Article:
Carbon Footprint

Then I heard a loud voice from the temple saying to the seven angels, “Go, pour out the seven bowls of God’s wrath on the earth.”

The first angel went and poured out his bowl on the land, and ugly, festering sores broke out on the people who had the mark of the beast and worshiped its image.

The second angel poured out his bowl on the sea, and it turned into blood like that of a dead person, and every living thing in the sea died.

The third angel poured out his bowl on the rivers and springs of water, and they became blood.

  • Revelation 16:1-4

Our president has said some absurd things with regard to the environment.  As a result, many feel that he is an enemy to the planet, but I feel that there could be another agenda going behind the scenes.

As far as the carbon footprint is concerned, I worked in the enemy’s camp for over 20 years – for an engineering firm that designed fuel-fired industrial furnaces, but I preached conservation of energy as the Training Manager.  Any amount of fuel not consumed to make steel would constitute dollar savings for the steel company, higher quality of heated steel, and a lower carbon footprint.

The sad reality is that in the steel industry, steel is grossly overheated for it to roll without problem, wasting fuel and adding to the carbon footprint.  If the steel workers see properly heated steel, they think it is too cold and the rolling mill will have problems.  But the rolling mills are underutilized, never tested.  If this practice were corrected, the industry would use less fuel and make less carbon dioxide.  But, operating near the edge is more work, and wasting fuel in the furnace makes their life easier.

The very sad thing is that without government regulation, they have no incentive to do something to be more efficient, regardless of their ad campaigns that say that they are a ‘green’ company.  They take credit for recycling automobiles, but ignore their wastes in operating their plants, other than the regulated emissions.  They are good about that, usually.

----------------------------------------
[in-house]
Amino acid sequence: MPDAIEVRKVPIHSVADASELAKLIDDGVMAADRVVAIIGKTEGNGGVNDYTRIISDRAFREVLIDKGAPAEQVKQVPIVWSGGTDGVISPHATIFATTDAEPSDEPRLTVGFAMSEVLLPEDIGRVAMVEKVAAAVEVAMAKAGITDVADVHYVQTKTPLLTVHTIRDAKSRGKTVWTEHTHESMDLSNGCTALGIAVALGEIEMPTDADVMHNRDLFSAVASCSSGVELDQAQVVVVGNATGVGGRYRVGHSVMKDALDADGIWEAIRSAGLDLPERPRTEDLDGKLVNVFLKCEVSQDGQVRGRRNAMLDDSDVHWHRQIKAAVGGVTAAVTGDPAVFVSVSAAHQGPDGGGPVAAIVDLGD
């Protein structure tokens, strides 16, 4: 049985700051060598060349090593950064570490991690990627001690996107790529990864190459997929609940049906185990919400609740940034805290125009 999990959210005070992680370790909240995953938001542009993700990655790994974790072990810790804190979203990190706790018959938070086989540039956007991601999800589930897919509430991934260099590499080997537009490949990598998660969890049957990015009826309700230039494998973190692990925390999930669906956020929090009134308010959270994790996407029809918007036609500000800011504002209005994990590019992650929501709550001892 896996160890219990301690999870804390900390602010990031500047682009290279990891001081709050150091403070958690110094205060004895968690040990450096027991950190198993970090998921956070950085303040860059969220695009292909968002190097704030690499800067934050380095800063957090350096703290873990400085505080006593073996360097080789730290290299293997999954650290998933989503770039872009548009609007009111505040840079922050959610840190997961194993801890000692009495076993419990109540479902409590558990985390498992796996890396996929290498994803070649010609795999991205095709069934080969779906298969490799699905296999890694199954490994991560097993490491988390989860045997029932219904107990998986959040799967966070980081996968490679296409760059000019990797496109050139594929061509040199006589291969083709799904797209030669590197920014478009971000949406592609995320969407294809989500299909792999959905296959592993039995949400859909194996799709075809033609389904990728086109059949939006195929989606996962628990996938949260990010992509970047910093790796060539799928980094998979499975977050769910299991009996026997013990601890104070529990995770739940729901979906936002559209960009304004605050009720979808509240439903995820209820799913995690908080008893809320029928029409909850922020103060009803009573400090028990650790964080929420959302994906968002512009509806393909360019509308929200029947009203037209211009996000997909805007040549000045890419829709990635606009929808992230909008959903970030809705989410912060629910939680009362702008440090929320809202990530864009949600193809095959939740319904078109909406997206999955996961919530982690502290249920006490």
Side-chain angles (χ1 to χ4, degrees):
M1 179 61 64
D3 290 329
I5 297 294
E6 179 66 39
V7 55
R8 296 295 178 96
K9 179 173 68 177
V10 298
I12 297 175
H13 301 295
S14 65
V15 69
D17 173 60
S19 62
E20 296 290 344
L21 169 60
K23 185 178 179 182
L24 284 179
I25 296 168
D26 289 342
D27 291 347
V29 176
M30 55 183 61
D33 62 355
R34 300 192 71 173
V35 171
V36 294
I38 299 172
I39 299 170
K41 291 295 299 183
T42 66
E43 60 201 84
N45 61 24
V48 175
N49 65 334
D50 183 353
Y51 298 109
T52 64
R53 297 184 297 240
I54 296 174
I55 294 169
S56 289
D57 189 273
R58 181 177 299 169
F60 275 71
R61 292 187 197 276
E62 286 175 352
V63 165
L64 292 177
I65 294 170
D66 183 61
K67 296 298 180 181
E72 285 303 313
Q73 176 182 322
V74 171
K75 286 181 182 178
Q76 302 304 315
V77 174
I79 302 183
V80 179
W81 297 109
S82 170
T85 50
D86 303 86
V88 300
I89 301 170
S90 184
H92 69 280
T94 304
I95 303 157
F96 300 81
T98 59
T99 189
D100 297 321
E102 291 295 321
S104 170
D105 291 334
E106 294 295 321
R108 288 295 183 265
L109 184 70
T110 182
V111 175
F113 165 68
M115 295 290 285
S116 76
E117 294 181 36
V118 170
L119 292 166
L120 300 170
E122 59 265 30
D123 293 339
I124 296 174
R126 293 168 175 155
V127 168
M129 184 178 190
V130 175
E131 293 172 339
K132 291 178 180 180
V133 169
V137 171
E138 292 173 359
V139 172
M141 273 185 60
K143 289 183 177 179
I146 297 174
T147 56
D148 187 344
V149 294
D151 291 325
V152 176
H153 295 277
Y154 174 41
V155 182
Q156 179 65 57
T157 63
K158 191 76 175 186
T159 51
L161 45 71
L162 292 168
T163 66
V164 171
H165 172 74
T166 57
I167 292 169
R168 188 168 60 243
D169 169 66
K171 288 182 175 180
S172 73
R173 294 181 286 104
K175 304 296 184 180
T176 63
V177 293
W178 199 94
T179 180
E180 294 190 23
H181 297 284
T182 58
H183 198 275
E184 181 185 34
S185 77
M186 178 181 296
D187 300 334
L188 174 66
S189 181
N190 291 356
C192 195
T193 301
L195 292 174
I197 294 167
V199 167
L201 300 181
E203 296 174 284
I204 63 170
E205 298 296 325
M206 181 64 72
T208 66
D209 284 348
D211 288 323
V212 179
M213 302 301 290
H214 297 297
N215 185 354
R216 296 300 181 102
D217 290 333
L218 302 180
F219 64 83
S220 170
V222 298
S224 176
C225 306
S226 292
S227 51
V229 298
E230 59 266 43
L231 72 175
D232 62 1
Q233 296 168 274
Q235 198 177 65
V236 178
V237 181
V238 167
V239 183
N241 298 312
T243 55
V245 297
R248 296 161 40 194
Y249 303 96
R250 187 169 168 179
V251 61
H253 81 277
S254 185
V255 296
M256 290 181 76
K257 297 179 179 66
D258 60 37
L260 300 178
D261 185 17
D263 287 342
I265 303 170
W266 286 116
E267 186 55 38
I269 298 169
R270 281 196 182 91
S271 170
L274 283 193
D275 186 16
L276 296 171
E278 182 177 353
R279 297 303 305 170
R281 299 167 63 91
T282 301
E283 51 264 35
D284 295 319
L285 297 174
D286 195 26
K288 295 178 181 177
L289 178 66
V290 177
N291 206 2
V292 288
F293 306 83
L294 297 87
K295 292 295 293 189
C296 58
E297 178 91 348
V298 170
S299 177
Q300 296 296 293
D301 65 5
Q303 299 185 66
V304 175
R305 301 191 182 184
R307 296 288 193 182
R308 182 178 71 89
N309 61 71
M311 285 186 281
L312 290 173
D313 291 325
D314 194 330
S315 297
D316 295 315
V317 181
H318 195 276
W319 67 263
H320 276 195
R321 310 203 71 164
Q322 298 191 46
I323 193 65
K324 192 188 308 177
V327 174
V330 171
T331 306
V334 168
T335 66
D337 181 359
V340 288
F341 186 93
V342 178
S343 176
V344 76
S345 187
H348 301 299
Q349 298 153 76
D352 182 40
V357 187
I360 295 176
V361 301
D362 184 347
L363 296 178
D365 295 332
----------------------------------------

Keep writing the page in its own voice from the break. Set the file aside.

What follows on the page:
What will happen if regulation advances to what the ‘world’ wants?  Much of American industry will halt operations, sending the work to nations that signed the Paris accords, but have no intention of living up to them.

India is trying to become a world power, but when I taught a team from a large steel manufacturer in India how to operate their new furnace, they wanted to know the death rate in American steel mills.  They thought I was lying when I told them that one death in a year is unacceptable, and most plants operate with very few lost-work-day cases, many with none for a few years.  They could not conceive of working without people dying in the workplace.  Emissions?

China’s emissions are so bad that they have not seen the sun in decades.  In 2008, Beijing hosted the summer Olympics.  They shut down industry months in advance.  They shut down automobile traffic weeks in advance.  I was there during the games.  You could see a more distinct orange glow where the sun might be, but not a crisp orange ball like in the rest of the world.  This is with everything shut down except for mass transit to get the visitors from one Olympics location to the other.  Note:  I was working near Yantai, and only changed flights in Beijing, no vacationing.

The United States will lead in research on lowering the carbon footprint, but we have a lot of factors against us.  It is odd how the US pays, monetarily, for many things in the world, such as pharmaceutical research and airline travel.  Why not environmental advances as well?  Note:  You save for a trip to Thailand, for example.  You pay maybe $3,000, but the person who bought his ticket in Thailand, sitting next to you, might have paid $200.

I think there is where the rub is located.  It would not make our neighbors happy if we blatantly said, “You pay for this one.”  Then, copy their designs to mitigate our emissions later.  They would not be happy, but many have done that when we took the lead.